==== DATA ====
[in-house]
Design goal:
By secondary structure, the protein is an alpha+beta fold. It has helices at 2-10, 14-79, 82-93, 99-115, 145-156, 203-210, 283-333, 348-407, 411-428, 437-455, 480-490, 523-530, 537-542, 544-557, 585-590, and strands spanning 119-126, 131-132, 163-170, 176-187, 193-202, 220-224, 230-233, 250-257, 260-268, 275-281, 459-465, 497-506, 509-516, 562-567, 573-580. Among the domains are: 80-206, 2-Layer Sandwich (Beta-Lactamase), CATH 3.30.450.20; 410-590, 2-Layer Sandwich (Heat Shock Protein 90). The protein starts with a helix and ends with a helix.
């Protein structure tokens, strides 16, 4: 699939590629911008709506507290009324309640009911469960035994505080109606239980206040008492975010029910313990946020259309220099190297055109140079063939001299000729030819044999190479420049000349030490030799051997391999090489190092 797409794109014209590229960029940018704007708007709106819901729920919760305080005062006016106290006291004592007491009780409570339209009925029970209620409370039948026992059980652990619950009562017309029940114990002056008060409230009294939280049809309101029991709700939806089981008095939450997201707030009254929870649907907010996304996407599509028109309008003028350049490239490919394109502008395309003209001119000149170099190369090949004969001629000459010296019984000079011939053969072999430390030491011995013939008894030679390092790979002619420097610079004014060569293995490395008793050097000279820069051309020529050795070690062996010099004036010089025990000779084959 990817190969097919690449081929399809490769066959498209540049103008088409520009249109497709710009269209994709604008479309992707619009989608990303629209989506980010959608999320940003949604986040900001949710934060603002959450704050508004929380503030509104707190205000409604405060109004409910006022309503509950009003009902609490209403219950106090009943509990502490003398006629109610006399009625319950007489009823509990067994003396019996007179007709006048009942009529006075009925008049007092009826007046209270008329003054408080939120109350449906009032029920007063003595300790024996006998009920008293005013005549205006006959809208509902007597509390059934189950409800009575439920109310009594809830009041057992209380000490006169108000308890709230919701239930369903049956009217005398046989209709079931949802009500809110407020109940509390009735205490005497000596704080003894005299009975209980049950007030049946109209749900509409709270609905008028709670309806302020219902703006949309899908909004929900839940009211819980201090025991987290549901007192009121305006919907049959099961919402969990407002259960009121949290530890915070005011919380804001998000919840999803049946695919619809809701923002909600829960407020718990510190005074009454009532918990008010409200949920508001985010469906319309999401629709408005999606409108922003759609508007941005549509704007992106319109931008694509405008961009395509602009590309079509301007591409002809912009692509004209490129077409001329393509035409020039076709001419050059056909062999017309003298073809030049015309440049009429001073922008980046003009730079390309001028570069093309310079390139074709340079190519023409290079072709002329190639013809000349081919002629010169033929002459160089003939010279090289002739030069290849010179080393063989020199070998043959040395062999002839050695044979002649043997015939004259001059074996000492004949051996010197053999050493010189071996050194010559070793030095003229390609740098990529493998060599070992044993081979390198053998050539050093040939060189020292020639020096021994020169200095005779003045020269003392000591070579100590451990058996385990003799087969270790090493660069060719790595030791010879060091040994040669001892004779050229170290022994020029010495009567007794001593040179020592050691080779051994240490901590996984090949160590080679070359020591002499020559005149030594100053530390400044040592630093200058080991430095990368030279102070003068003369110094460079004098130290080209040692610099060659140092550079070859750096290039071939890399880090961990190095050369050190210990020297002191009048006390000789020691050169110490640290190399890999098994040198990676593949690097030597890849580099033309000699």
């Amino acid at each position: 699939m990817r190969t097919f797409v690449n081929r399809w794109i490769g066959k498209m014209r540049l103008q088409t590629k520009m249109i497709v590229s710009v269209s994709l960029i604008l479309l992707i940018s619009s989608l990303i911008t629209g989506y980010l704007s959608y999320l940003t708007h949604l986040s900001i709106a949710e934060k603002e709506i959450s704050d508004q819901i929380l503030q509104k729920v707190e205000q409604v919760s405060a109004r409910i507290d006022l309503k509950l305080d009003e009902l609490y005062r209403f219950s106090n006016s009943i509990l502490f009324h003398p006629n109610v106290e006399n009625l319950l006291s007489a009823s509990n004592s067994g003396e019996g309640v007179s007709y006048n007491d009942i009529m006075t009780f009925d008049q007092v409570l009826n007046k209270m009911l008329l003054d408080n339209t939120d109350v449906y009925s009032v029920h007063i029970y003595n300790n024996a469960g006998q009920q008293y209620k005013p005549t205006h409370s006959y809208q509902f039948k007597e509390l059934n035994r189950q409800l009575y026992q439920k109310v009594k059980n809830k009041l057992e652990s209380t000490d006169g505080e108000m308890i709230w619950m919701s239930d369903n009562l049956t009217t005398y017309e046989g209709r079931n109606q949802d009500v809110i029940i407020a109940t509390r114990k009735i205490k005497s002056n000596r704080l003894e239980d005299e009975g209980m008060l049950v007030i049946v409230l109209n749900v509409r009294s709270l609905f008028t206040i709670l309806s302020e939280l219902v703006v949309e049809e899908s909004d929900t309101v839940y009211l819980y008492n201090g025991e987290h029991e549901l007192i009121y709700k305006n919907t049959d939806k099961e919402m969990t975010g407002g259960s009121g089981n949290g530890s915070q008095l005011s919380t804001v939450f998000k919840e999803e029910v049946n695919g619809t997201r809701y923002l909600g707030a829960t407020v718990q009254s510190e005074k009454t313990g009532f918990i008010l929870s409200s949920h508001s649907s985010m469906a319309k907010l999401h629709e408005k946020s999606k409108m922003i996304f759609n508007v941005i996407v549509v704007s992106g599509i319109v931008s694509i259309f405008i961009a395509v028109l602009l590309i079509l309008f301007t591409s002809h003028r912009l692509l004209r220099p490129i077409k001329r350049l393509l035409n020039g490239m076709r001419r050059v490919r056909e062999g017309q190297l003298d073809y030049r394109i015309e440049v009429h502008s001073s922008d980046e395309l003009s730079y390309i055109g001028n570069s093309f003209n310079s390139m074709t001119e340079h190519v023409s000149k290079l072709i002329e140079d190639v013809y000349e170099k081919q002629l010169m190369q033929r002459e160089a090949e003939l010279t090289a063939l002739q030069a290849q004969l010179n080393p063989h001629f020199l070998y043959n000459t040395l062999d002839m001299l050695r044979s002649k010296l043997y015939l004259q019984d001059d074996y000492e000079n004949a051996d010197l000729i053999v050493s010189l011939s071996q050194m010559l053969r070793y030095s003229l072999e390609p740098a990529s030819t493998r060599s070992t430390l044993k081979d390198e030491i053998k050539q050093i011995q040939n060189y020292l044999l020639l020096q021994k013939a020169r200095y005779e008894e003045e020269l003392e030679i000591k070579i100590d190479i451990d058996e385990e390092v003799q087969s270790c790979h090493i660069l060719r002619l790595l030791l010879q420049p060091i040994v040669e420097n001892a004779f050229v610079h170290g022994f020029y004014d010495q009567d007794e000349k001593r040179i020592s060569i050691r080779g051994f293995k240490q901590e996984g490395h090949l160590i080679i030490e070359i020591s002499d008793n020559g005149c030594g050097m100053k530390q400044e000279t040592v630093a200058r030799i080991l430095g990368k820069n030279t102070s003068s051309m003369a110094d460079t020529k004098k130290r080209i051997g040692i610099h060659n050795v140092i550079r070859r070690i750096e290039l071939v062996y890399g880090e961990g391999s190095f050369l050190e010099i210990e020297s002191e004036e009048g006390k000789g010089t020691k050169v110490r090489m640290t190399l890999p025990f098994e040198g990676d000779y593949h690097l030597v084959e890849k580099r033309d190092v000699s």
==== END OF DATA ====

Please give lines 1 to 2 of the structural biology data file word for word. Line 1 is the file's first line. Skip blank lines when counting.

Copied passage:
[in-house]
Design goal: